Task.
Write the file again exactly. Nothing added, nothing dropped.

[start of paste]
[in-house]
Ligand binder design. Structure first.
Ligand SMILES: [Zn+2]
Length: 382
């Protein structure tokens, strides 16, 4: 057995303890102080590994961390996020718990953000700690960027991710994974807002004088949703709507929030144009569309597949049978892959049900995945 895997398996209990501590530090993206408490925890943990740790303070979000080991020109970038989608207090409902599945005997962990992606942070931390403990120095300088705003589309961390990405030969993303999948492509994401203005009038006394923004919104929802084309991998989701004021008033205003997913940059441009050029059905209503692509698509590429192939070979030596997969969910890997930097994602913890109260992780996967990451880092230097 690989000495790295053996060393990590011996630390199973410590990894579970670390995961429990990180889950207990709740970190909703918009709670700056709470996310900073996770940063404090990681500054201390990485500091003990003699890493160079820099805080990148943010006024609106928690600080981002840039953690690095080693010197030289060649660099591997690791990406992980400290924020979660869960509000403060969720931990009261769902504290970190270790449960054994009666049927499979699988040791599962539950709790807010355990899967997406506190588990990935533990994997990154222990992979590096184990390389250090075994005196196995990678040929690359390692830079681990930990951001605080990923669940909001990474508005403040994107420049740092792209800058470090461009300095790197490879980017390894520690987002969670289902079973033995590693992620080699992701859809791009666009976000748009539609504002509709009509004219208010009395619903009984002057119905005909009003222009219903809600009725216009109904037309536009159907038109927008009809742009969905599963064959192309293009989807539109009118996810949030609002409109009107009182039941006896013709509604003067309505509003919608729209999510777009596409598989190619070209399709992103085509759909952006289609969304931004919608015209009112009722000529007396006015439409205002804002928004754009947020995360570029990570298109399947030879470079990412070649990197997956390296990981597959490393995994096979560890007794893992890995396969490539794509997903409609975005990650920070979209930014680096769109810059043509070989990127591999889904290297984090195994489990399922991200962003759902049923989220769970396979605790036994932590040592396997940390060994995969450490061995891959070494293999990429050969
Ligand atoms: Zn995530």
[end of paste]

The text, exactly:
[in-house]
Ligand binder design. Structure first.
Ligand SMILES: [Zn+2]
Length: 382
């Protein structure tokens, strides 16, 4: 057995303890102080590994961390996020718990953000700690960027991710994974807002004088949703709507929030144009569309597949049978892959049900995945 895997398996209990501590530090993206408490925890943990740790303070979000080991020109970038989608207090409902599945005997962990992606942070931390403990120095300088705003589309961390990405030969993303999948492509994401203005009038006394923004919104929802084309991998989701004021008033205003997913940059441009050029059905209503692509698509590429192939070979030596997969969910890997930097994602913890109260992780996967990451880092230097 690989000495790295053996060393990590011996630390199973410590990894579970670390995961429990990180889950207990709740970190909703918009709670700056709470996310900073996770940063404090990681500054201390990485500091003990003699890493160079820099805080990148943010006024609106928690600080981002840039953690690095080693010197030289060649660099591997690791990406992980400290924020979660869960509000403060969720931990009261769902504290970190270790449960054994009666049927499979699988040791599962539950709790807010355990899967997406506190588990990935533990994997990154222990992979590096184990390389250090075994005196196995990678040929690359390692830079681990930990951001605080990923669940909001990474508005403040994107420049740092792209800058470090461009300095790197490879980017390894520690987002969670289902079973033995590693992620080699992701859809791009666009976000748009539609504002509709009509004219208010009395619903009984002057119905005909009003222009219903809600009725216009109904037309536009159907038109927008009809742009969905599963064959192309293009989807539109009118996810949030609002409109009107009182039941006896013709509604003067309505509003919608729209999510777009596409598989190619070209399709992103085509759909952006289609969304931004919608015209009112009722000529007396006015439409205002804002928004754009947020995360570029990570298109399947030879470079990412070649990197997956390296990981597959490393995994096979560890007794893992890995396969490539794509997903409609975005990650920070979209930014680096769109810059043509070989990127591999889904290297984090195994489990399922991200962003759902049923989220769970396979605790036994932590040592396997940390060994995969450490061995891959070494293999990429050969
Ligand atoms: Zn995530």